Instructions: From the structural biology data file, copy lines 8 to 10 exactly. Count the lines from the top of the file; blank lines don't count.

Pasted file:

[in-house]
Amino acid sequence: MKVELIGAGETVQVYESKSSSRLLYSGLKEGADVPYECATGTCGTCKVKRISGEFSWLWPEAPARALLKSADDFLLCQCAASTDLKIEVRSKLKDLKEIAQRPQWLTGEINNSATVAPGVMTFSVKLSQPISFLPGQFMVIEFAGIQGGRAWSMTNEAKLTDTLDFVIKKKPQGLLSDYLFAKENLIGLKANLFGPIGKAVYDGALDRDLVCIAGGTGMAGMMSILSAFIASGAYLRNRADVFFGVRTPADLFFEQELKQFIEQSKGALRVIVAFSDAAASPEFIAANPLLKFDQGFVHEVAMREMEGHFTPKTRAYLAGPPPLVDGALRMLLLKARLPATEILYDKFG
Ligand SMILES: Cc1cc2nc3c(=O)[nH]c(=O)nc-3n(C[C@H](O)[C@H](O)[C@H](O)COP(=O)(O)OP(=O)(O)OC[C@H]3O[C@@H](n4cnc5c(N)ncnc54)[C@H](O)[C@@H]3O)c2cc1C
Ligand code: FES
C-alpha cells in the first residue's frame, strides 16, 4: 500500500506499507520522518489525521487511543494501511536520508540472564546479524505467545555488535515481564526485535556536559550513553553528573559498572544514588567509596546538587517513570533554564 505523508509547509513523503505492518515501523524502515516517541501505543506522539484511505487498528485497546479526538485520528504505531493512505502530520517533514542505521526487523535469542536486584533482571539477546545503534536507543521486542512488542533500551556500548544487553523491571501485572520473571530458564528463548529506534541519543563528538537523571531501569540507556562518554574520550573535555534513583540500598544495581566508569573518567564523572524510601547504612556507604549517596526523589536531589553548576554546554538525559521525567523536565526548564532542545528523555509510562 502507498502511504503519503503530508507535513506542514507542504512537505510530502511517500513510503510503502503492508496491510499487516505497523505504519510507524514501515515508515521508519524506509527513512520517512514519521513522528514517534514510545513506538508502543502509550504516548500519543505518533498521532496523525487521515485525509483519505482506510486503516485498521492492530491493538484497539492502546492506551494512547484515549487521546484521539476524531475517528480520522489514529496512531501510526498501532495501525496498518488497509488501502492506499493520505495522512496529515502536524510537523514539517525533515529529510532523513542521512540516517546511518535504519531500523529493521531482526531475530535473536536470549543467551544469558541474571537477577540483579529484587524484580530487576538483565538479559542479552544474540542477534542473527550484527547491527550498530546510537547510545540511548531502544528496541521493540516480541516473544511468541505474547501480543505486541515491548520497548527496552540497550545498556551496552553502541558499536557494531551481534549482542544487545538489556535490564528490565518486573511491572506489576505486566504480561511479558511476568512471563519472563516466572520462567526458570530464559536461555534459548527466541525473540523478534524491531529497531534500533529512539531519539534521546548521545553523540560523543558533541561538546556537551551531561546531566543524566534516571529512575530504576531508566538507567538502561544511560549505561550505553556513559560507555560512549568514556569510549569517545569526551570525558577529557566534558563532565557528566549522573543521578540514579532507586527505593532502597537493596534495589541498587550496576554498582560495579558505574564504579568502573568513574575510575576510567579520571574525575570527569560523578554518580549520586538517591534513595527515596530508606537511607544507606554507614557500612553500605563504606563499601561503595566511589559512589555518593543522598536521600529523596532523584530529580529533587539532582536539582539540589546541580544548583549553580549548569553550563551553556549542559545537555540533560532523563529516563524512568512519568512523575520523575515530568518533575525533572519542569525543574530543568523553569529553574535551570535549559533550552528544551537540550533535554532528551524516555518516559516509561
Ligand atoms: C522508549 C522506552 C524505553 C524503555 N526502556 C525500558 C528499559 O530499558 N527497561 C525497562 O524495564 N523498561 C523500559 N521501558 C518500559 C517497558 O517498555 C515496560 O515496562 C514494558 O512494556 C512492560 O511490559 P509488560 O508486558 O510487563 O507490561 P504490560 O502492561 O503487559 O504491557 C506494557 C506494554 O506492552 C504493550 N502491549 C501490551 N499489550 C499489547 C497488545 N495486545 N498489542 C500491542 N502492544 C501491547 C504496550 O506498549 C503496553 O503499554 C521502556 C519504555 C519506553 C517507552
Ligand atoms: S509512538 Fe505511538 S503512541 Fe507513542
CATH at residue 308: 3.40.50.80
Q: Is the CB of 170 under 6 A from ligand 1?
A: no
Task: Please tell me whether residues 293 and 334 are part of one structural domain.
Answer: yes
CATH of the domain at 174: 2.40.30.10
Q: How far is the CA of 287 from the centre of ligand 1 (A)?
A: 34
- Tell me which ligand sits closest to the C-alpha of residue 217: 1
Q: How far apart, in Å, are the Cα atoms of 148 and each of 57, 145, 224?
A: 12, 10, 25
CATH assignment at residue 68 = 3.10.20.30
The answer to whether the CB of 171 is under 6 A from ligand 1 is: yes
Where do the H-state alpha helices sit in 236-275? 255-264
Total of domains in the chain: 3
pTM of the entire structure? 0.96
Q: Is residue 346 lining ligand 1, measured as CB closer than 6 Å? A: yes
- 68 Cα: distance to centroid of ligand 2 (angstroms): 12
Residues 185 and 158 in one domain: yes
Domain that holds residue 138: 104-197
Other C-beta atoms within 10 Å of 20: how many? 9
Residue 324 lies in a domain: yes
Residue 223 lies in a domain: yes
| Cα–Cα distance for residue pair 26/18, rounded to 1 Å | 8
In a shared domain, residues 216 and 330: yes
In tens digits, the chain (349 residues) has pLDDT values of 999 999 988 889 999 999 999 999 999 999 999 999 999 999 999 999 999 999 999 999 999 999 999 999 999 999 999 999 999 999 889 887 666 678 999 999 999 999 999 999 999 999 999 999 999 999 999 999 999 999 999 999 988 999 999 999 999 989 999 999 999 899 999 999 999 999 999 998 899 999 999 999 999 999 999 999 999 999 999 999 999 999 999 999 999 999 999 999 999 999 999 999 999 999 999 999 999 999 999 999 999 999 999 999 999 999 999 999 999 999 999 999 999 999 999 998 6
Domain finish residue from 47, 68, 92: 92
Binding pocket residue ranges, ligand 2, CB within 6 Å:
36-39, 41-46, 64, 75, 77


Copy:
CATH at residue 308: 3.40.50.80
Q: Is the CB of 170 under 6 A from ligand 1?
A: no